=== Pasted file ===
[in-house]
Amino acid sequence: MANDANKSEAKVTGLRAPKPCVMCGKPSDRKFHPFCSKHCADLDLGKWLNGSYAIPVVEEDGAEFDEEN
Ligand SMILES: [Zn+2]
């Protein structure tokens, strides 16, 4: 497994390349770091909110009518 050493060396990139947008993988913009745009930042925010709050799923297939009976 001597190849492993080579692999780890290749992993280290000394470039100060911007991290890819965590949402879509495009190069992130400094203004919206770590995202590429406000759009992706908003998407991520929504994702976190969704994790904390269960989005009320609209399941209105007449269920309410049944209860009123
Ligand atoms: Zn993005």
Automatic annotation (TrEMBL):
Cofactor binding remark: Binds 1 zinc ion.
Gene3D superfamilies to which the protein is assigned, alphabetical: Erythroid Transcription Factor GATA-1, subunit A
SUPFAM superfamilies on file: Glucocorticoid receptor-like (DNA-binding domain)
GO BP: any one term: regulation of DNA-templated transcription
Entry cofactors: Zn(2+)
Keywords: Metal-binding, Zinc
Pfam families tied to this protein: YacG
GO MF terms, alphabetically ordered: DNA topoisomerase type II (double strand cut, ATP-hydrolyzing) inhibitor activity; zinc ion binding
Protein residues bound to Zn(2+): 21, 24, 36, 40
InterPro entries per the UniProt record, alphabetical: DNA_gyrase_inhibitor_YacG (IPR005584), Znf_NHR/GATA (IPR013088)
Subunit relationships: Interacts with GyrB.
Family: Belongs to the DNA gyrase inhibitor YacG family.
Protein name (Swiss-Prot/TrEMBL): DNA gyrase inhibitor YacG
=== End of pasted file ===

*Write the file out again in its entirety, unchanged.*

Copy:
[in-house]
Amino acid sequence: MANDANKSEAKVTGLRAPKPCVMCGKPSDRKFHPFCSKHCADLDLGKWLNGSYAIPVVEEDGAEFDEEN
Ligand SMILES: [Zn+2]
């Protein structure tokens, strides 16, 4: 497994390349770091909110009518 050493060396990139947008993988913009745009930042925010709050799923297939009976 001597190849492993080579692999780890290749992993280290000394470039100060911007991290890819965590949402879509495009190069992130400094203004919206770590995202590429406000759009992706908003998407991520929504994702976190969704994790904390269960989005009320609209399941209105007449269920309410049944209860009123
Ligand atoms: Zn993005």
Automatic annotation (TrEMBL):
Cofactor binding remark: Binds 1 zinc ion.
Gene3D superfamilies to which the protein is assigned, alphabetical: Erythroid Transcription Factor GATA-1, subunit A
SUPFAM superfamilies on file: Glucocorticoid receptor-like (DNA-binding domain)
GO BP: any one term: regulation of DNA-templated transcription
Entry cofactors: Zn(2+)
Keywords: Metal-binding, Zinc
Pfam families tied to this protein: YacG
GO MF terms, alphabetically ordered: DNA topoisomerase type II (double strand cut, ATP-hydrolyzing) inhibitor activity; zinc ion binding
Protein residues bound to Zn(2+): 21, 24, 36, 40
InterPro entries per the UniProt record, alphabetical: DNA_gyrase_inhibitor_YacG (IPR005584), Znf_NHR/GATA (IPR013088)
Subunit relationships: Interacts with GyrB.
Family: Belongs to the DNA gyrase inhibitor YacG family.
Protein name (Swiss-Prot/TrEMBL): DNA gyrase inhibitor YacG